Friday, December 9, 2011
The Perfect Repeater
Although I'm a die hard side by side guy, I do have a soft spot for American classics. So I've taken my Winchester Model 12 out of mothballs to be my duck gun this year; its literally been years since I've shot this classic American shotgun. My initial intention when I bought this gun years ago was to use it as my field beater or bad weather gun. Just after I bought it though I found my GDR era Merkel M8. With my love of double barrels and double triggers, the Merkel had basically sidelined the Model 12.
It should be interesting to see how well I end up shooting this gun. Pumping the action and the single trigger pull, I can see myself missing a few followup shots. I have in the past. I'll just have to see what happens. I believe I've only taken this gun out afield twice, once on a snowy duck hunt and the other on a pheasant hunt. On both trips I did not hook up with any birds.
Built in 1933, my Model 12 is now well patinaed. I can only imagine how many American farm fields this gun has seen. This is truly an American classic used by American celebrity sportsmen like Ernest Hemingway, Roy Rogers, Clark Gable, and Peter Hathaway Capstick to name a few. No self respecting American Sportsman of that era would not be seen without one.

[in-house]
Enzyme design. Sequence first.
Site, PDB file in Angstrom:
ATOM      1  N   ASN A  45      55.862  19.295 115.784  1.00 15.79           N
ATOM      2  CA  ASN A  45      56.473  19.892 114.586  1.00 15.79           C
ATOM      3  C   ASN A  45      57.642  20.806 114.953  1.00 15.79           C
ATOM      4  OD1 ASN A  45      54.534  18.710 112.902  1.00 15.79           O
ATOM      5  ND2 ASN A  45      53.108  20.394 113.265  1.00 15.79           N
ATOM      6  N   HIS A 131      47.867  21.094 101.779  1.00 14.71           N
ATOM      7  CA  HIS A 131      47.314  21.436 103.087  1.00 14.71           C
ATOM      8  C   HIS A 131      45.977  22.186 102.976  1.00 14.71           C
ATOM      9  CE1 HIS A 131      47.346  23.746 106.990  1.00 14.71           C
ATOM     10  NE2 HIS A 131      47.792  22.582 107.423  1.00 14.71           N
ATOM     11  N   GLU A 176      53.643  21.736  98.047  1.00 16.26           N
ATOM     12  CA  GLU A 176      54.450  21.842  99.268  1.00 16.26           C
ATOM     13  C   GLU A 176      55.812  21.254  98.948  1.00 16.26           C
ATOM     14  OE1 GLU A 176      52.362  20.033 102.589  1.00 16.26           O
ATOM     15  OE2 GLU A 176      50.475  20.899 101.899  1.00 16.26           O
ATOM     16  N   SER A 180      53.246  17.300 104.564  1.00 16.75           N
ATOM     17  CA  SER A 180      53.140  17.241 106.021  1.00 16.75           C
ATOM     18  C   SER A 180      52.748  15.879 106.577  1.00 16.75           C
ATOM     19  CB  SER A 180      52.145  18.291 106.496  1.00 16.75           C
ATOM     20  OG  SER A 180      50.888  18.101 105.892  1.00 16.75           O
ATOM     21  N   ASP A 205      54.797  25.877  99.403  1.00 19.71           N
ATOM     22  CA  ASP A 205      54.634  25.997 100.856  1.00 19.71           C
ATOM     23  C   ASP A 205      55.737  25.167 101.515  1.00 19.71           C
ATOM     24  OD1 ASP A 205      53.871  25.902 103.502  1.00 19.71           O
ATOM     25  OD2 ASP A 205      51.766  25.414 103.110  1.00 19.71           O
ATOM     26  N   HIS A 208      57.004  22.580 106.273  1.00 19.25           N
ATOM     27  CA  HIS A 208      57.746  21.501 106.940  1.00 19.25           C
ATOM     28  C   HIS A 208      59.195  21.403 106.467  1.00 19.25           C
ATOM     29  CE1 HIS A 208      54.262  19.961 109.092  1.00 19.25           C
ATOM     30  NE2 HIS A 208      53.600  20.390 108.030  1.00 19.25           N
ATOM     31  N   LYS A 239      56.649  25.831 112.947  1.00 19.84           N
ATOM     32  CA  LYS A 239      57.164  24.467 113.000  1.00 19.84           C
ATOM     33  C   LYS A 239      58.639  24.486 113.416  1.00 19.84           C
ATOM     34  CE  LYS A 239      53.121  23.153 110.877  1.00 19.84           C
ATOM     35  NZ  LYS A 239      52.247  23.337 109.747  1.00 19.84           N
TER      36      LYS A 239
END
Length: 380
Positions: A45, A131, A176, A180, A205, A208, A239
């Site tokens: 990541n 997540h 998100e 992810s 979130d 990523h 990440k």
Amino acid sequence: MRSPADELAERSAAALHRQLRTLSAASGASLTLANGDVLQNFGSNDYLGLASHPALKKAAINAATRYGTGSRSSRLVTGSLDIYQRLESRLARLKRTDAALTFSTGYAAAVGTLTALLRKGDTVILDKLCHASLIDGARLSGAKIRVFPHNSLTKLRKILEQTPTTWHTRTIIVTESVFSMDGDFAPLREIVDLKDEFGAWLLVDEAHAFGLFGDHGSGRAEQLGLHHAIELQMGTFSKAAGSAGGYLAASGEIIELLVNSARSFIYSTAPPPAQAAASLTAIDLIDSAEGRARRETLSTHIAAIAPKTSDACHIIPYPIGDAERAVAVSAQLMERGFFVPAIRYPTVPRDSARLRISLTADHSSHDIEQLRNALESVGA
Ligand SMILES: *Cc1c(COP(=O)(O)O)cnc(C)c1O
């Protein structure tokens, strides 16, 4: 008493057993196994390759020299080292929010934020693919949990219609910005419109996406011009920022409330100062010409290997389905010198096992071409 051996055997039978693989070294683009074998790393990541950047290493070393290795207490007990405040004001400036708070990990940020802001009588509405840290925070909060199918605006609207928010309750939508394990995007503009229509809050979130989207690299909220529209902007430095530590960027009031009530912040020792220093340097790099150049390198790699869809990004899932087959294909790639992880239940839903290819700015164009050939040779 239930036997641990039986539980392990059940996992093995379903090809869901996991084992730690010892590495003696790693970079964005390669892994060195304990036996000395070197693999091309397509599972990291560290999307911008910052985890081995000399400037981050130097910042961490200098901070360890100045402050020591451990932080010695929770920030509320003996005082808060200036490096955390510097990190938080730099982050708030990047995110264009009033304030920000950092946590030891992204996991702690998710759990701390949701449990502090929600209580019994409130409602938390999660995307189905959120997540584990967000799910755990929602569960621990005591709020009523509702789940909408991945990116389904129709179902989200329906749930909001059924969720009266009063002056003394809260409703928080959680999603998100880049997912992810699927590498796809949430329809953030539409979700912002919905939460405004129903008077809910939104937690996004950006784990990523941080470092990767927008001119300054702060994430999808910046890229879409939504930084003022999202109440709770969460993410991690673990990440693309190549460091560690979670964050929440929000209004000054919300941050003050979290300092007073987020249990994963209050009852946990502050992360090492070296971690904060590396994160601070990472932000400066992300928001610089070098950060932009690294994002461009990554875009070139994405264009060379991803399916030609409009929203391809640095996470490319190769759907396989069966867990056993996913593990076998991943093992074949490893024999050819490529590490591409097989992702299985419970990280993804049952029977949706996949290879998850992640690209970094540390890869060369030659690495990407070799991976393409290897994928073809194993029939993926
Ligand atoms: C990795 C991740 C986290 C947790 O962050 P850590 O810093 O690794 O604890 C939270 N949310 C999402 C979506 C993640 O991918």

One unique feature of this gun I really like is the ability to take down the gun without tools, making it convenient to travel with. This was one of the main selling points for me. The gun can easily be fitted in a duffle bag or an indiscrete gun bag. Neighbors or hotel guests in a lobby would never suspect anything and you can avoid any unwanted attention.
There are several iteration of this gun and there are nearly 2 million in existence. Equally at home afeild or at the clay range, the Model 12 has seen it all. Some even saw some action in world conflicts or in police actions. My gun I highly doubt has seen any of those as it's a 28 inch fixed modify choke in 12 gauge. All parts are original including the plastic Winchester butt plate.
The action is smooth as glass and with its ability to be slam fired, that is firing quickly by holding down the trigger while pumping the action as fast as you can, it makes sense that police and military chose this shotgun for up close battles. It was this feature that Capstick writes about (which book I forget)why he chose it when going into the thickets after a wounded leopard. Obviously this feature does not benefit the bird hunter but it is unique and eventually the legal teams believed it to be a liability and the feature was later removed. Mine still has this feature.
I've read that machining the receiver was not only time consuming but expensive as well. The reciever is forged and required numberous complicated machine operations to complete. Winchester at one point was losing money as the gun was just too expensive to manufacture. Instead of raising prices Winchester in 1964 began cutting corners and rebadged the gun as the model 1200. The new model never had the following like that of the Model 12.
When people say they don't make them like this anymore, they really don't make them like this anymore. The Perfect Repeater or more commonly known as the Winchester Model 12 is worthy of any American Sportsman's collection.